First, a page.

rhythmite - A graded sedimentary* layer; several inches to several feet thick; deposited under slackwater* conditions; especially in backflooded valleys during cataclysmic floods. Some believe that each rhythmite represents a separate cataclysmic flood from glacial Lake Missoula*.
Ringold formation - Sediments stratigraphically overlying Columbia River basalt* and underlying cataclysmic flood deposits in southeastern Washington. Mostly derived from ancient river and lake deposits that accumulated within the ancestral Columbia River basin between about 8.0 million and 3.4 million years ago.
rip-up clast - Sedimentary* material that has been eroded and transported only a short distance in a semi-consolidated (e.g.; frozen) state.
sand - Sedimentary* particles that are between 0.06 to 2.0 mm in diameter.
Sangamon Interglacial - The time period between glacial stages; roughly 130;000-80;000 years ago; when climatic conditions were similar to those of today.
sedimentary - Composed of sediment. One of the three principal rock types; along with igneous* and metamorphic*.
seismicity - Earth vibrations and shaking due to earthquake activity; as well as those artificially induced.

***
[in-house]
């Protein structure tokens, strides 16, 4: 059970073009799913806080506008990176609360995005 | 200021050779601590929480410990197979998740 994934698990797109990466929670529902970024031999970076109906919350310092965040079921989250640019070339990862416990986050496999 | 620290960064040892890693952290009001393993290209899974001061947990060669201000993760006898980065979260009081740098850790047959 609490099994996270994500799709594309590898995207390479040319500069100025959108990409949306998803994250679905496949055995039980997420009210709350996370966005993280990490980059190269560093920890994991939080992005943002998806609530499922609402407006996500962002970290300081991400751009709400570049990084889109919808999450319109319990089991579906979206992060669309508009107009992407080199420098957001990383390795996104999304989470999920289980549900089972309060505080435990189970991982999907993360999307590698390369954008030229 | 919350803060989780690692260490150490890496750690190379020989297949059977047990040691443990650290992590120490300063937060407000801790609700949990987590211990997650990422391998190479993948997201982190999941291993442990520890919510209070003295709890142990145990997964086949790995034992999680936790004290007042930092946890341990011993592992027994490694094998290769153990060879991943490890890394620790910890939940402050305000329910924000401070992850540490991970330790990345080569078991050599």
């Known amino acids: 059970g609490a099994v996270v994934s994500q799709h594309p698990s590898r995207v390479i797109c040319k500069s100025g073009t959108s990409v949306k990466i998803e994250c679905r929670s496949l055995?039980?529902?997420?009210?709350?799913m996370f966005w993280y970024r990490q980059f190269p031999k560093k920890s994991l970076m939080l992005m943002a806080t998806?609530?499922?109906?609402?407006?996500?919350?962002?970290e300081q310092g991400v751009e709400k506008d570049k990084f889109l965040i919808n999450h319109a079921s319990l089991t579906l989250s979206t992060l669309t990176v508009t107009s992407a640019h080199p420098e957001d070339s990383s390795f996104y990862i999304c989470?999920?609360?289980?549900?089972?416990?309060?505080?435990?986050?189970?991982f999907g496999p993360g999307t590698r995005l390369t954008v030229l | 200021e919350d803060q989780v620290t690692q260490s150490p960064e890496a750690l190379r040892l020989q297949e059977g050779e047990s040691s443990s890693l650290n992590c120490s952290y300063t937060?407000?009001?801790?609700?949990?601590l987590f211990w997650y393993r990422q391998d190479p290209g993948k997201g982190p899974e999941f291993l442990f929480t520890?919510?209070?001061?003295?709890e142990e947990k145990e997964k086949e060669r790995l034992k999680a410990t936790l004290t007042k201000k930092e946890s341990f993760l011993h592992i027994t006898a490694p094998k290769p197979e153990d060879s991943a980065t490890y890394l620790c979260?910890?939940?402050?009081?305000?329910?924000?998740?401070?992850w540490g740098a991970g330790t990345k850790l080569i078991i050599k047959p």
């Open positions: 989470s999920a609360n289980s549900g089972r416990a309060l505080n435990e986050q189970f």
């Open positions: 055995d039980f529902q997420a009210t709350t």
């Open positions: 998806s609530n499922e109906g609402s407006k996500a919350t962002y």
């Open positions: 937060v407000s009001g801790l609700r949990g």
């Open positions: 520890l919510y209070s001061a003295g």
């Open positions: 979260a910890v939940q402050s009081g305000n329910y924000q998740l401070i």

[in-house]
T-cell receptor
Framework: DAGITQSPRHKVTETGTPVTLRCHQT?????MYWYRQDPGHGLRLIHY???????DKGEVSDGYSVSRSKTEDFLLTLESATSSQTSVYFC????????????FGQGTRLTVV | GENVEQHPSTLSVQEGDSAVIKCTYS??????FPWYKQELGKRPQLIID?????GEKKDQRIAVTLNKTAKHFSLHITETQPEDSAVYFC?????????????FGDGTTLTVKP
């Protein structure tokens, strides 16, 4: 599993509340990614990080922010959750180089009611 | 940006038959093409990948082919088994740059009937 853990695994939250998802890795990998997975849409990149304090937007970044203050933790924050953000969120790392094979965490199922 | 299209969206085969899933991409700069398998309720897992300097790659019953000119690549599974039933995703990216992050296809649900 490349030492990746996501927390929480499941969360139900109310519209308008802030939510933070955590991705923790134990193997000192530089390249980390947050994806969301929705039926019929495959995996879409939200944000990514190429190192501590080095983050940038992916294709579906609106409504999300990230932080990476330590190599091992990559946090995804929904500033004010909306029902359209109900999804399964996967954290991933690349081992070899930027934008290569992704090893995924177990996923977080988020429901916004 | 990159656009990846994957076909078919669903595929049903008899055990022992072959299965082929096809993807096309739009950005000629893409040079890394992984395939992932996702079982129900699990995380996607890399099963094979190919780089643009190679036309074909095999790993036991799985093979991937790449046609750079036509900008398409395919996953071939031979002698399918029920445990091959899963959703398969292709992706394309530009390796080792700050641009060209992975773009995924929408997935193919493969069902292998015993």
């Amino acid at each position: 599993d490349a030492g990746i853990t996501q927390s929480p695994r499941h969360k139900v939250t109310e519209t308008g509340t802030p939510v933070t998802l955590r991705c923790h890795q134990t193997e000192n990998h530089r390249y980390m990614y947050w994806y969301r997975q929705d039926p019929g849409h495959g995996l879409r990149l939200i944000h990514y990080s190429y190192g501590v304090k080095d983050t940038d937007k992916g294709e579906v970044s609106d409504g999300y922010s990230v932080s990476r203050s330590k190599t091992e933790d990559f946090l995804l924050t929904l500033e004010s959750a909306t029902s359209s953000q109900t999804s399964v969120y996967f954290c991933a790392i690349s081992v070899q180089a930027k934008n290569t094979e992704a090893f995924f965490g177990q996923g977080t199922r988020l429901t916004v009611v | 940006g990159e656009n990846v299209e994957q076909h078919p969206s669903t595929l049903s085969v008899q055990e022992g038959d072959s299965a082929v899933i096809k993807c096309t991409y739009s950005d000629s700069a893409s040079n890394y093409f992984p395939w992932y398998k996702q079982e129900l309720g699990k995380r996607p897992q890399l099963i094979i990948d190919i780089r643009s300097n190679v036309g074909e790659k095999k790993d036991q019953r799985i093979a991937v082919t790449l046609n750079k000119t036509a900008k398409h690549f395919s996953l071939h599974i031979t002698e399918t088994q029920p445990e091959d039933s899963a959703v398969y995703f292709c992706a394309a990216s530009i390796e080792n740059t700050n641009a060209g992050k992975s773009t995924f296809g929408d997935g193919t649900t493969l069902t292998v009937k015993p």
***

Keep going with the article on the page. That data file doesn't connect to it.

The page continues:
silt - Small; sedimentary* particles between 0.06 to 0.004 mm in diameter.
slackwater - Refers to areas with slower moving flood waters associated with cataclysmic flooding (i.e.; backflooded valleys and valley margins) where fine-grained sediment (mostly sand* and silt*) was deposited.
soft-sediment deformation - Deformation that occurs during or soon after sediment deposition while sediment is still partially or fully saturated with water. Examples of soft-sediment deformation include flame structures; load structures; and clastic dikes*.
soil horizon - A distinct interface (surface or thin layer) in a stratigraphic sequence.
subglacial - Formed or accumulated in or by the bottom parts of a glacier or ice sheet.
of or relating to the structure of the earth's crust and the large-scale processes that take place within it.
tephra - Airfall deposit from a volcanic eruption. Usually consists of distinctive; light-colored; well-sorted; gritty particles of ash.
venturi effect - The principle that fluid moving through a smaller area will move at a higher velocity than the same amount of water moving through a larger area. As an example; floodwater moving through a narrow opening such as Wallula Gap* was moving much faster; with significantly more erosive power; than the water above or below the gap
Wallula Gap - The narrow constriction; only a few miles wide; through which all floodwaters from glacial Lake Missoula* passed on their way to the Pacific Ocean. During the largest floods; the water within Wallula Gap was over 1;200 ft deep.
Wisconsinan - Pertaining to the classical fourth and last glacial stage of the Pleistocene Epoch* in North America; following the Sangamon interglacial* and preceding the Holocene Epoch*. The late Pleistocene Wisconsinan glacial stage occurred between about 80;000 and 15;000 years before the present.